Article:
Stuxnet meets Snotnet






Web-based threats, email spoofs, keyloggers and spyware..... Like so many things these days, there's little use in wondering why it happens or where it comes from; you have to protect yourself anyway. There are threats from online booby traps ("Trojans"), email spoofs with forged addresses, hackers scanning ports, redirected communications, identity theft scams and CIA/NSA monitoring. Motivated by greed, politics, bravado or just-plain-vicious malicious intent, it's all out there hoping to draw you in.

Almost all such threats requires your participation to some degree, even if it's just being inattentive or acting on assumption. Using a Mac eliminates the vast majority of viruses designed to attack Windows PCs, but that's not to say Mac users can be complacent about security.
Keeping your OS updated is the first step to  protecting your Mac, but no OS can protect you from YOU. If you need some plug-in, viewer, utility or app, go to its actual source to find it - never click links that pop-up uninvited on the internet.

The most significant threat to security is that of physical access. This includes shared machines, unattended/unsecured computers, and lost or stolen mobile devices. Local area networks (LANs), wifi spies and freeloaders can also be a problem, but most of these threats are managed by using security protocols and proper passwords, as long as you've taken steps to establish protection.
This page is about the current state of security on the Macintosh and the things you should know to protect yourself.






As a friend says, "you have to be smarter than the tools you work with." Just because that email sez it's from a friend or family member doesn't mean it's true. Logos, addresses and content in an email are easily forged. A link within an email - if you click on it - might take you to a web site that looks totally legitimate, but that doesn't make it real.
  • Don't click email links. Examine that address carefully. Parking your cursor over a link for a second or two will produce a small box exposing the link's true address. You can always avoid the link by opening a web browser (Safari) to use a bookmark or type in the address yourself. Or make a phone call instead.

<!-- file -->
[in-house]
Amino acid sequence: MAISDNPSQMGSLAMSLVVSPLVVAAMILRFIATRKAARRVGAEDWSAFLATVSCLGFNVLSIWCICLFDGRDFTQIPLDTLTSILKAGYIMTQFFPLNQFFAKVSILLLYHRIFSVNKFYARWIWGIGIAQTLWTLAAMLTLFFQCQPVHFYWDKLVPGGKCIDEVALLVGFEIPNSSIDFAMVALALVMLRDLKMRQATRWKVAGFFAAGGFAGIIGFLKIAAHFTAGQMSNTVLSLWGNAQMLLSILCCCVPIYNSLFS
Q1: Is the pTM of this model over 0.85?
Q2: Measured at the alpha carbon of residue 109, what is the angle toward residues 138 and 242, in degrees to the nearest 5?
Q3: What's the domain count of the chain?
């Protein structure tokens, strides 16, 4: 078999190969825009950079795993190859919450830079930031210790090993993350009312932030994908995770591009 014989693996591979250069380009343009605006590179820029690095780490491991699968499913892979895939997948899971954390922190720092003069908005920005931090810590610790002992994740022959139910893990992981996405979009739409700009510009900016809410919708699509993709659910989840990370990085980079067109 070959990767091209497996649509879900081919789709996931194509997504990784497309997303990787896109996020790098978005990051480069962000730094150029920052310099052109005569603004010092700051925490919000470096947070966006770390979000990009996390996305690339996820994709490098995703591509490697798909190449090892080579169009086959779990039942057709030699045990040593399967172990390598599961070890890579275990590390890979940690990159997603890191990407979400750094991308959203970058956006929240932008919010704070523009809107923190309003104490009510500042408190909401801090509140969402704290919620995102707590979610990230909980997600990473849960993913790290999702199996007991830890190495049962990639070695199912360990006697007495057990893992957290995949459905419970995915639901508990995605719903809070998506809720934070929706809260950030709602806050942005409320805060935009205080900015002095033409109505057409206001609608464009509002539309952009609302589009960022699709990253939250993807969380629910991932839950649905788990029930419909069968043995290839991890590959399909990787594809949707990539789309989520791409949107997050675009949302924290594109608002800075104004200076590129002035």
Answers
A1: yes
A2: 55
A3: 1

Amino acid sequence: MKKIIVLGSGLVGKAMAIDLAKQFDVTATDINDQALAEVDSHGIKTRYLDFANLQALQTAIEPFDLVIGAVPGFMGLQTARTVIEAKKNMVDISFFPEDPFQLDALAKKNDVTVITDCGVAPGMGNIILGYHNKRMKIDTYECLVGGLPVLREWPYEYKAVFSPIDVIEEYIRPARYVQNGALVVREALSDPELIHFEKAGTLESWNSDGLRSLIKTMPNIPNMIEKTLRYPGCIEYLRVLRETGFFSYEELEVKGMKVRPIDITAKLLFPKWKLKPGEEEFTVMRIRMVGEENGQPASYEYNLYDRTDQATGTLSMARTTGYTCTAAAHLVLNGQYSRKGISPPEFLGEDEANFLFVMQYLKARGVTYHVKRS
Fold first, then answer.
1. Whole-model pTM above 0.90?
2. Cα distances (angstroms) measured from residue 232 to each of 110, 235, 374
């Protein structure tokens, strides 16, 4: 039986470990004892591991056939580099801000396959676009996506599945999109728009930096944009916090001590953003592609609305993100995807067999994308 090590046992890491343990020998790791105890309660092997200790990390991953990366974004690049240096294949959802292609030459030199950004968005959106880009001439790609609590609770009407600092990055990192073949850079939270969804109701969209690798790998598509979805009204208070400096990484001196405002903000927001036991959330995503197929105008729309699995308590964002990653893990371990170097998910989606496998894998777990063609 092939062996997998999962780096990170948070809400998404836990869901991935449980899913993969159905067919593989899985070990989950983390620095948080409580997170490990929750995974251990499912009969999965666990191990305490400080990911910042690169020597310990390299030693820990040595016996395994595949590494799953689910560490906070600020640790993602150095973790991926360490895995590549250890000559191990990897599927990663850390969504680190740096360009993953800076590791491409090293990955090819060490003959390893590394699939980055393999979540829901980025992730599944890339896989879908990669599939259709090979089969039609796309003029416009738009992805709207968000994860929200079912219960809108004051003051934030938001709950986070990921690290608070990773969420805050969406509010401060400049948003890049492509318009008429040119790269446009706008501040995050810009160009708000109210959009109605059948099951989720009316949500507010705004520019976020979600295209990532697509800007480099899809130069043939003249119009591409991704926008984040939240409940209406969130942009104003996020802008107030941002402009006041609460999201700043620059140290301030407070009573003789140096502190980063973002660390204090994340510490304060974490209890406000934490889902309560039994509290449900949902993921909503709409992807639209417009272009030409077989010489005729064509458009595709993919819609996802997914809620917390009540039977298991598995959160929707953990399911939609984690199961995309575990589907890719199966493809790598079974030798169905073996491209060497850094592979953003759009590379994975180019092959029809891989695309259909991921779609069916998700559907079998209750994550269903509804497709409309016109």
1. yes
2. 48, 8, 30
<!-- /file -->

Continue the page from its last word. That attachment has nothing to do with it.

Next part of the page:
• Never respond with credit card numbers, passwords or personal info. If they want you to login thru an email link, don't. Legitimate sources should direct you to their web site. Providing a link is convenient, and they _do_ have a legitimate use, but it pays to be skeptical.
  • Use 'Junk' filtering. Whether you use web mail thru a browser, or use an email client on your computer (Mail.app), all email apps have a "spam" function for weeding out the garbage we all get. Something like 90% of all email is spam, and once you label a spam message as "junk" you shouldn't see anymore messages from that particular source in your inbox ever again.
Looking at the address suffix - known as its Country Code (ccTLD) - can be enlightening, too. Be aware that it takes no effort at all to fake a 'from' or 'reply to' address in an email. Trust NOTHING about an email or its contents.

Of course, if you rely on web mail thru Yahoo or Google or any other online service, the security of your email (including your address book and whatever else is attached to your account) is out of your hands and up to the service provider. They get hacked on a regular basis these days, so don't be surprised if it happens to you and suddenly everybody you know is getting spam with your name on it. Such security breaches occur all too often, and that's the risk you take when using free online mail servers. Your choices are to change your email address or just wait until it blows over (which it eventually will).






If it comes looking for you, you don't want it.
Real-world internet security concerns (regarding Macs) revolve primarily around downloads that may be deceptive and/or damaging if installed. This cannot happen without your active participation and knowledge. In other words, you're free to download and install phony utilities and bogus apps if you wish - but it can't happen behind your back like it often does on a Windows PC. If you see some unexpected message popup while surfing the 'net, and it wants you to download or scan or install something, don't do it. Cancel/close and ignore the message. Force-quit your browser if you must, in order to get away from it (Apple menu -> Force Quit).

In the case of email attachments, a virus might well be attached to some email message you receive, but these are typically incapable of doing any harm to a Macintosh. However, while it cannot affect your Mac, if passed along to a Windows machine where its code _can_ execute, it might attack the Windows user. Delete it.

Best advice is to simply be aware, be suspicious of any uninvited prompts, and don't click anything you're not absolutely certain of. Clear your history and delete cookies periodically (although you may have to hunt for some of 'em - see below), open a new browser window if you like (File menu -> New Window) and use your bookmarks or type-in the address you want to go to. Cancel unexpected options and avoid anything even faintly suspicious.



Here's what you need to know:
The term "Malware" (short for malicious software) refers to a variety of bad-nasty things floating around in cyberspace, including viruses, spyware, Trojan horses, and a host of lesser types (in terms of potential damage). Rule of thumb: If you need some app or software, player or utility, go to the source and get it. DO NOT download anything that comes looking for you.